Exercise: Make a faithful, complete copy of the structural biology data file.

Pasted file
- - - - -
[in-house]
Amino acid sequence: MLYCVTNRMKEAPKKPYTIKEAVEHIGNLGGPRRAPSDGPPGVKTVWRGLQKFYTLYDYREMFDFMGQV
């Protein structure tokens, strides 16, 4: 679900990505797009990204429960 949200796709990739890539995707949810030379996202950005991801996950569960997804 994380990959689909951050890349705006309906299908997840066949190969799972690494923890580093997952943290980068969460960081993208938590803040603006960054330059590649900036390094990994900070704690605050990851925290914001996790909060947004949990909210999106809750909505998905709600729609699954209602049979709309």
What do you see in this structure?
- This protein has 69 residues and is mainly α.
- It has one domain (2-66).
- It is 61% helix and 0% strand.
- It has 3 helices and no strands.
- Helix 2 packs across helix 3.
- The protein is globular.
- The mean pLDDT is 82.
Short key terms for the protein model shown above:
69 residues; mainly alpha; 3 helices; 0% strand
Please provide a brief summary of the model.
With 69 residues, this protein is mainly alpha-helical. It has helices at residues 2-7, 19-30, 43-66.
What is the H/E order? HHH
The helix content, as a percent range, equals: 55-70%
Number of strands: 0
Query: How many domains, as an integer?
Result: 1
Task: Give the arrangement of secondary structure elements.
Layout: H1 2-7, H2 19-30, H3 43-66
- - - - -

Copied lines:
[in-house]
Amino acid sequence: MLYCVTNRMKEAPKKPYTIKEAVEHIGNLGGPRRAPSDGPPGVKTVWRGLQKFYTLYDYREMFDFMGQV
């Protein structure tokens, strides 16, 4: 679900990505797009990204429960 949200796709990739890539995707949810030379996202950005991801996950569960997804 994380990959689909951050890349705006309906299908997840066949190969799972690494923890580093997952943290980068969460960081993208938590803040603006960054330059590649900036390094990994900070704690605050990851925290914001996790909060947004949990909210999106809750909505998905709600729609699954209602049979709309």
What do you see in this structure?
- This protein has 69 residues and is mainly α.
- It has one domain (2-66).
- It is 61% helix and 0% strand.
- It has 3 helices and no strands.
- Helix 2 packs across helix 3.
- The protein is globular.
- The mean pLDDT is 82.
Short key terms for the protein model shown above:
69 residues; mainly alpha; 3 helices; 0% strand
Please provide a brief summary of the model.
With 69 residues, this protein is mainly alpha-helical. It has helices at residues 2-7, 19-30, 43-66.
What is the H/E order? HHH
The helix content, as a percent range, equals: 55-70%
Number of strands: 0
Query: How many domains, as an integer?
Result: 1
Task: Give the arrangement of secondary structure elements.
Layout: H1 2-7, H2 19-30, H3 43-66